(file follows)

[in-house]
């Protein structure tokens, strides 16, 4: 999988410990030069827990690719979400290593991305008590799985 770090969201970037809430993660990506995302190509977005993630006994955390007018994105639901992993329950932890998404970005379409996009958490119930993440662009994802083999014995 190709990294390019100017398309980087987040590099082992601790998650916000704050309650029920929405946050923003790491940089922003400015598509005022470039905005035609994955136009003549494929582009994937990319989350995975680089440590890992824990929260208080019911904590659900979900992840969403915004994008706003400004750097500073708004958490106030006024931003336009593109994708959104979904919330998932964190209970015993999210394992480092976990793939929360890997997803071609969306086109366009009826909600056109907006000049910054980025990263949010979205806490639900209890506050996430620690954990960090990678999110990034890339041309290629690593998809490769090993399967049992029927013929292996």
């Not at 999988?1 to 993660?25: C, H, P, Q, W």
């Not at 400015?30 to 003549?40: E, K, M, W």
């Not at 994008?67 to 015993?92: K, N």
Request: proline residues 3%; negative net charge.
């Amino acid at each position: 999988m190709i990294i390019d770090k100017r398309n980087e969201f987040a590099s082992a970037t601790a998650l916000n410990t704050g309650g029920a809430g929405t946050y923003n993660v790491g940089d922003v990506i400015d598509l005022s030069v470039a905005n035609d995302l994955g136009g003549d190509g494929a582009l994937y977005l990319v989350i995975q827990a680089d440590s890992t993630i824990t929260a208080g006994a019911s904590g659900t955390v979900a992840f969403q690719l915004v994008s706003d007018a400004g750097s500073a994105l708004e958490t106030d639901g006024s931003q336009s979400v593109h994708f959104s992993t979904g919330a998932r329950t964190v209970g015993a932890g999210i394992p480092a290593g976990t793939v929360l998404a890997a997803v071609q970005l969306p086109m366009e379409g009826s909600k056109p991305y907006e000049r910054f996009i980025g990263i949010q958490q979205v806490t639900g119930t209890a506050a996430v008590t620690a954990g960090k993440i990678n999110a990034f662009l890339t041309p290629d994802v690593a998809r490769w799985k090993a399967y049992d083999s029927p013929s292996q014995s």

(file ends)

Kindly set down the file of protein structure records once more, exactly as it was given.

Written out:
[in-house]
């Protein structure tokens, strides 16, 4: 999988410990030069827990690719979400290593991305008590799985 770090969201970037809430993660990506995302190509977005993630006994955390007018994105639901992993329950932890998404970005379409996009958490119930993440662009994802083999014995 190709990294390019100017398309980087987040590099082992601790998650916000704050309650029920929405946050923003790491940089922003400015598509005022470039905005035609994955136009003549494929582009994937990319989350995975680089440590890992824990929260208080019911904590659900979900992840969403915004994008706003400004750097500073708004958490106030006024931003336009593109994708959104979904919330998932964190209970015993999210394992480092976990793939929360890997997803071609969306086109366009009826909600056109907006000049910054980025990263949010979205806490639900209890506050996430620690954990960090990678999110990034890339041309290629690593998809490769090993399967049992029927013929292996």
């Not at 999988?1 to 993660?25: C, H, P, Q, W």
């Not at 400015?30 to 003549?40: E, K, M, W």
């Not at 994008?67 to 015993?92: K, N």
Request: proline residues 3%; negative net charge.
């Amino acid at each position: 999988m190709i990294i390019d770090k100017r398309n980087e969201f987040a590099s082992a970037t601790a998650l916000n410990t704050g309650g029920a809430g929405t946050y923003n993660v790491g940089d922003v990506i400015d598509l005022s030069v470039a905005n035609d995302l994955g136009g003549d190509g494929a582009l994937y977005l990319v989350i995975q827990a680089d440590s890992t993630i824990t929260a208080g006994a019911s904590g659900t955390v979900a992840f969403q690719l915004v994008s706003d007018a400004g750097s500073a994105l708004e958490t106030d639901g006024s931003q336009s979400v593109h994708f959104s992993t979904g919330a998932r329950t964190v209970g015993a932890g999210i394992p480092a290593g976990t793939v929360l998404a890997a997803v071609q970005l969306p086109m366009e379409g009826s909600k056109p991305y907006e000049r910054f996009i980025g990263i949010q958490q979205v806490t639900g119930t209890a506050a996430v008590t620690a954990g960090k993440i990678n999110a990034f662009l890339t041309p290629d994802v690593a998809r490769w799985k090993a399967y049992d083999s029927p013929s292996q014995s």